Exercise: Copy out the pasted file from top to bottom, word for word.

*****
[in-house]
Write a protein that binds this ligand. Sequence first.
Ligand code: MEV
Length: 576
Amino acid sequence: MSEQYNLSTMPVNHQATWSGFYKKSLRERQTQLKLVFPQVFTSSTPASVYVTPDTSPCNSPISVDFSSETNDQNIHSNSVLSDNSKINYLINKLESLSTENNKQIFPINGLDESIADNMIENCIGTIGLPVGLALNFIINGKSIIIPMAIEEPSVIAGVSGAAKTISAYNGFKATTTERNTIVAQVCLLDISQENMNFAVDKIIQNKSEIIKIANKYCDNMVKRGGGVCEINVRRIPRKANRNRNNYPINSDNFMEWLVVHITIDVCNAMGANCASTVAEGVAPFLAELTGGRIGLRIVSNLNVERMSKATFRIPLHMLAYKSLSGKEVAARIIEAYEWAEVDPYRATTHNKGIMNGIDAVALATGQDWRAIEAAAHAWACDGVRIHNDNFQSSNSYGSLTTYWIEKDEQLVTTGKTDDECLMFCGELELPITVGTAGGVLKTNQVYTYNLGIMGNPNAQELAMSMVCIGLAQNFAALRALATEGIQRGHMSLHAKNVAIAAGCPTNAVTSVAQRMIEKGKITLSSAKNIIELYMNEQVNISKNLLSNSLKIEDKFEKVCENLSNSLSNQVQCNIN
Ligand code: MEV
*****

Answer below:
[in-house]
Write a protein that binds this ligand. Sequence first.
Ligand code: MEV
Length: 576
Amino acid sequence: MSEQYNLSTMPVNHQATWSGFYKKSLRERQTQLKLVFPQVFTSSTPASVYVTPDTSPCNSPISVDFSSETNDQNIHSNSVLSDNSKINYLINKLESLSTENNKQIFPINGLDESIADNMIENCIGTIGLPVGLALNFIINGKSIIIPMAIEEPSVIAGVSGAAKTISAYNGFKATTTERNTIVAQVCLLDISQENMNFAVDKIIQNKSEIIKIANKYCDNMVKRGGGVCEINVRRIPRKANRNRNNYPINSDNFMEWLVVHITIDVCNAMGANCASTVAEGVAPFLAELTGGRIGLRIVSNLNVERMSKATFRIPLHMLAYKSLSGKEVAARIIEAYEWAEVDPYRATTHNKGIMNGIDAVALATGQDWRAIEAAAHAWACDGVRIHNDNFQSSNSYGSLTTYWIEKDEQLVTTGKTDDECLMFCGELELPITVGTAGGVLKTNQVYTYNLGIMGNPNAQELAMSMVCIGLAQNFAALRALATEGIQRGHMSLHAKNVAIAAGCPTNAVTSVAQRMIEKGKITLSSAKNIIELYMNEQVNISKNLLSNSLKIEDKFEKVCENLSNSLSNQVQCNIN
Ligand code: MEV